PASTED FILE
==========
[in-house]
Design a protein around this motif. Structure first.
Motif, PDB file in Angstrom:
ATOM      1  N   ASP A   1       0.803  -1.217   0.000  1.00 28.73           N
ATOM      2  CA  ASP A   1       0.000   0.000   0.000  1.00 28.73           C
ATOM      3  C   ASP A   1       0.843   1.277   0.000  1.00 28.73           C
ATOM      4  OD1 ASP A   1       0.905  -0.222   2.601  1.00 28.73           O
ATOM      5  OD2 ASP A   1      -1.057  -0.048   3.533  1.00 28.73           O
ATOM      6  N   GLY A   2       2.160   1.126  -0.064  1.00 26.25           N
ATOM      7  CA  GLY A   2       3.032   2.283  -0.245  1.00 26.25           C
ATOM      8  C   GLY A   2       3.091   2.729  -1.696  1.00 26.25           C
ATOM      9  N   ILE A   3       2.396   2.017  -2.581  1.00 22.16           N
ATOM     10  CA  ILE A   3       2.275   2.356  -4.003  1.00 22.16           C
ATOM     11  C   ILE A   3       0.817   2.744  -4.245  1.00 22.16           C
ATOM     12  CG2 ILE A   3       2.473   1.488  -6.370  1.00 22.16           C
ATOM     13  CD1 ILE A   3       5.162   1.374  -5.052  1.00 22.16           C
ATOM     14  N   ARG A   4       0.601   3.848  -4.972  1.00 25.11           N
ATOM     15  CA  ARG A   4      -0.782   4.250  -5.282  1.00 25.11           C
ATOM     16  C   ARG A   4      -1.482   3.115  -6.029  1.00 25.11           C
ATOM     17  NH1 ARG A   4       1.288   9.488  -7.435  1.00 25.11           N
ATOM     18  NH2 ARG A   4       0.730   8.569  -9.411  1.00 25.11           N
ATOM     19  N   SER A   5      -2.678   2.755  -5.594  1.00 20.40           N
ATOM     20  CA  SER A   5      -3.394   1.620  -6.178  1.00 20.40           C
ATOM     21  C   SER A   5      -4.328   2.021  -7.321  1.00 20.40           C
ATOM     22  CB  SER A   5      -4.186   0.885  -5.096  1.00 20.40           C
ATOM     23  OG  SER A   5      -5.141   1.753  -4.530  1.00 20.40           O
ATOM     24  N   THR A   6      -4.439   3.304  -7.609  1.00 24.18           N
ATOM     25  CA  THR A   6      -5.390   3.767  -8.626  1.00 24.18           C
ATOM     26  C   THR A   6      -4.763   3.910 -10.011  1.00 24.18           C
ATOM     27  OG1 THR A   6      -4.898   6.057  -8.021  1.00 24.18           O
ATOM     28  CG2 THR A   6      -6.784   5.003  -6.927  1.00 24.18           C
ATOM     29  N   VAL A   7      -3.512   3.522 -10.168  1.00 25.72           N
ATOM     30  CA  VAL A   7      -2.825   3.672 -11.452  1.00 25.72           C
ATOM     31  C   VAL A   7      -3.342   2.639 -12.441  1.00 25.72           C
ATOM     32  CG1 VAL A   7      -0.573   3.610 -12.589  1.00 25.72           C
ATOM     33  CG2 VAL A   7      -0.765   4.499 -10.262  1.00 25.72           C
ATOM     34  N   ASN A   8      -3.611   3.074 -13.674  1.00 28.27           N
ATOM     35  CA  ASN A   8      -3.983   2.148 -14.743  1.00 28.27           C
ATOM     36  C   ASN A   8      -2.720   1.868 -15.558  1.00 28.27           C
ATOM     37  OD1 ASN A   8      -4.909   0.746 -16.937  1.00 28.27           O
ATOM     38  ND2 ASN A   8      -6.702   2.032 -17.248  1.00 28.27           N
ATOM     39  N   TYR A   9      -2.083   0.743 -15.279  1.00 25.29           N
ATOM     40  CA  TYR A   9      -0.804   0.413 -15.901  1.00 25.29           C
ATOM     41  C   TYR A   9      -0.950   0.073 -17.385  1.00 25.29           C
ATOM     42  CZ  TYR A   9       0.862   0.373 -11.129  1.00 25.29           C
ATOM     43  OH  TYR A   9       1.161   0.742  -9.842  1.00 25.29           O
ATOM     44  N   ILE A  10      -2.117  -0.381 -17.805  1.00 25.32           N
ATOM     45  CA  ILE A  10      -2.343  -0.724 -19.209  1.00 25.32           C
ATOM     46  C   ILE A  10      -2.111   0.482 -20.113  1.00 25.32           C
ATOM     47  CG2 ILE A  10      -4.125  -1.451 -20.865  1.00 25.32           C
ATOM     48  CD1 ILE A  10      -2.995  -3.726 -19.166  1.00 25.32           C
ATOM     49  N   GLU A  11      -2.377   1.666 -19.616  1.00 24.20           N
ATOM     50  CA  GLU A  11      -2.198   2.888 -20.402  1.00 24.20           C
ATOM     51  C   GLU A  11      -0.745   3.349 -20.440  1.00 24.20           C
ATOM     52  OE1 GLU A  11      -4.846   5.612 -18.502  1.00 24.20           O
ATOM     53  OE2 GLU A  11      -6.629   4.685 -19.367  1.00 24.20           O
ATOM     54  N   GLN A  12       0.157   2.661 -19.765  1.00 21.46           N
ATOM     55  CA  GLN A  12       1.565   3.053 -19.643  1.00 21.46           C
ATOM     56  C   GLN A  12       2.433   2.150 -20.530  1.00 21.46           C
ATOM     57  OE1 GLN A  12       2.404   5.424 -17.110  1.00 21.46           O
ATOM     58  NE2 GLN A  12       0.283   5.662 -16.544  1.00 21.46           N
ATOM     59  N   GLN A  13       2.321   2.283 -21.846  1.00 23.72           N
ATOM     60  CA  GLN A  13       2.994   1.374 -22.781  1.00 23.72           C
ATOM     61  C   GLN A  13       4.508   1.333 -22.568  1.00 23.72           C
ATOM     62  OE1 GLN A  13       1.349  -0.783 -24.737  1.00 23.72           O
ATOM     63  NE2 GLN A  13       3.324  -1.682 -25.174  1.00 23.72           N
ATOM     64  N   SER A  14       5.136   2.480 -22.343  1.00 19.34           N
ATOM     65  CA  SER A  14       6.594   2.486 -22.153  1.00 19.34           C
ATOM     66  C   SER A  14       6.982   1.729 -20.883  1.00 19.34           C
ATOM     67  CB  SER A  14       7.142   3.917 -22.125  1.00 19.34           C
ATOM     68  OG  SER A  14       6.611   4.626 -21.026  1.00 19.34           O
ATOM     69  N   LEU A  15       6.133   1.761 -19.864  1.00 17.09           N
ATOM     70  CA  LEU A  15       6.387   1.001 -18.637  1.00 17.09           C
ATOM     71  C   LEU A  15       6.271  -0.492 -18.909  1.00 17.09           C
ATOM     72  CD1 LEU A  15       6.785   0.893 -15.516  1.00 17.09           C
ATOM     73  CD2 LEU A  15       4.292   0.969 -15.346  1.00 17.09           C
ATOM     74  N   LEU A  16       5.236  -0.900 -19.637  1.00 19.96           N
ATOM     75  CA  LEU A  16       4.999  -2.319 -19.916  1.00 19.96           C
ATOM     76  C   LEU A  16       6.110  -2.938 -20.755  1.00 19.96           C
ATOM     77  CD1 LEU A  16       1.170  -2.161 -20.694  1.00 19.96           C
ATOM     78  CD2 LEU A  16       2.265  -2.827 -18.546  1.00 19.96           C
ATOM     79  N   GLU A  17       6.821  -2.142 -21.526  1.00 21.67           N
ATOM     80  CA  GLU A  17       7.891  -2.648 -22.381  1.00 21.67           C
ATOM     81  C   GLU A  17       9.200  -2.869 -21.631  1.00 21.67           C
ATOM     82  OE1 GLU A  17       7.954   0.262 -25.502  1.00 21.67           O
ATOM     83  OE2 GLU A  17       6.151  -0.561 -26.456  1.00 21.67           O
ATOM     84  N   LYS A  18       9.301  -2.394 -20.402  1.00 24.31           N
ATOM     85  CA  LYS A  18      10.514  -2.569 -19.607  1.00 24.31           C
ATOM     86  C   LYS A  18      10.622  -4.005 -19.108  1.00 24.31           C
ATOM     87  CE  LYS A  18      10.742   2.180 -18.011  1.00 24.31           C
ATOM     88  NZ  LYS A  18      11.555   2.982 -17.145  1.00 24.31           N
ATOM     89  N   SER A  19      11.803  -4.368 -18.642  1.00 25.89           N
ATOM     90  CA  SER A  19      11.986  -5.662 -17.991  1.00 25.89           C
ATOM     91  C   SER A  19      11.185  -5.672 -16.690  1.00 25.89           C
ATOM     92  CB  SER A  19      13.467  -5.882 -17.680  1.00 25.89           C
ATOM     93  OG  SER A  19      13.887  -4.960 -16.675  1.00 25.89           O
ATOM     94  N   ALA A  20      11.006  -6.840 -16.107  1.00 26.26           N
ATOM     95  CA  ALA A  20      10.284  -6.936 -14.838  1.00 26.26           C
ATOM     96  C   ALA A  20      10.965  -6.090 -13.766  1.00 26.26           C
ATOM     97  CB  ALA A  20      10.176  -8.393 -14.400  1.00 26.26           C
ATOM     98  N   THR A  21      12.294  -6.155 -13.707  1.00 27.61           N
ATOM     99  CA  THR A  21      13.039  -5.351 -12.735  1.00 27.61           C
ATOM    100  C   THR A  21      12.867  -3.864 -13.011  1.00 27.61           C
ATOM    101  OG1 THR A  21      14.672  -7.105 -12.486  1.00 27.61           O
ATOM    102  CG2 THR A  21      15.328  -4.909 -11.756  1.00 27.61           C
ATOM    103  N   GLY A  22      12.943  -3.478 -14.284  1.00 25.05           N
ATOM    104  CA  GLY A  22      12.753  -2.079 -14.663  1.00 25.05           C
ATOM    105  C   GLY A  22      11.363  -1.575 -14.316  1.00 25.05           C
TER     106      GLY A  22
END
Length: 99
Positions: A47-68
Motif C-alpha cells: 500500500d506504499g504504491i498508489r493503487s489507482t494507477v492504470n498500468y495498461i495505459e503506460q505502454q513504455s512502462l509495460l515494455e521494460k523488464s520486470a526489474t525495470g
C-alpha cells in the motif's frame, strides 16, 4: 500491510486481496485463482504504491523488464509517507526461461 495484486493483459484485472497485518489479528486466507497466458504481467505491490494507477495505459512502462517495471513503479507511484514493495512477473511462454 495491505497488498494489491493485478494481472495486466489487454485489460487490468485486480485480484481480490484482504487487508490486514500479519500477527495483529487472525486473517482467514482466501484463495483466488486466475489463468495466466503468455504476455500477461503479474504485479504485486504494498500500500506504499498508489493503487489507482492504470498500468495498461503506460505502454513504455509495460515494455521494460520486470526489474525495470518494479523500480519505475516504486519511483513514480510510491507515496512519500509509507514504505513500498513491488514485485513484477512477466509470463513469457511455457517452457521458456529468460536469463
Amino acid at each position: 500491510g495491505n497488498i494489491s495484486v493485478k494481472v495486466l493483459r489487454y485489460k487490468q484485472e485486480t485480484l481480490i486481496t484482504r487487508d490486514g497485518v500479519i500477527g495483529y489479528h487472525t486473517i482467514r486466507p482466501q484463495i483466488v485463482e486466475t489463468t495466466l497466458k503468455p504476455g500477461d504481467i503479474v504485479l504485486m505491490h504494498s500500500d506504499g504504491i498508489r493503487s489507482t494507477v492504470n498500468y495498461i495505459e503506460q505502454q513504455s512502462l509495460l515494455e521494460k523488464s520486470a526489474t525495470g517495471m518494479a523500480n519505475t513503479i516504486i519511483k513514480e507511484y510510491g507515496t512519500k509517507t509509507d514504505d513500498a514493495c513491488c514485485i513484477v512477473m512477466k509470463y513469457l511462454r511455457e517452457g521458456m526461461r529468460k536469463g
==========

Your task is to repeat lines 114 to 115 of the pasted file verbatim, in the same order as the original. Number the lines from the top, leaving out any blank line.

C-alpha cells in the motif's frame, strides 16, 4: 500491510486481496485463482504504491523488464509517507526461461 495484486493483459484485472497485518489479528486466507497466458504481467505491490494507477495505459512502462517495471513503479507511484514493495512477473511462454 495491505497488498494489491493485478494481472495486466489487454485489460487490468485486480485480484481480490484482504487487508490486514500479519500477527495483529487472525486473517482467514482466501484463495483466488486466475489463468495466466503468455504476455500477461503479474504485479504485486504494498500500500506504499498508489493503487489507482492504470498500468495498461503506460505502454513504455509495460515494455521494460520486470526489474525495470518494479523500480519505475516504486519511483513514480510510491507515496512519500509509507514504505513500498513491488514485485513484477512477466509470463513469457511455457517452457521458456529468460536469463
Amino acid at each position: 500491510g495491505n497488498i494489491s495484486v493485478k494481472v495486466l493483459r489487454y485489460k487490468q484485472e485486480t485480484l481480490i486481496t484482504r487487508d490486514g497485518v500479519i500477527g495483529y489479528h487472525t486473517i482467514r486466507p482466501q484463495i483466488v485463482e486466475t489463468t495466466l497466458k503468455p504476455g500477461d504481467i503479474v504485479l504485486m505491490h504494498s500500500d506504499g504504491i498508489r493503487s489507482t494507477v492504470n498500468y495498461i495505459e503506460q505502454q513504455s512502462l509495460l515494455e521494460k523488464s520486470a526489474t525495470g517495471m518494479a523500480n519505475t513503479i516504486i519511483k513514480e507511484y510510491g507515496t512519500k509517507t509509507d514504505d513500498a514493495c513491488c514485485i513484477v512477473m512477466k509470463y513469457l511462454r511455457e517452457g521458456m526461461r529468460k536469463g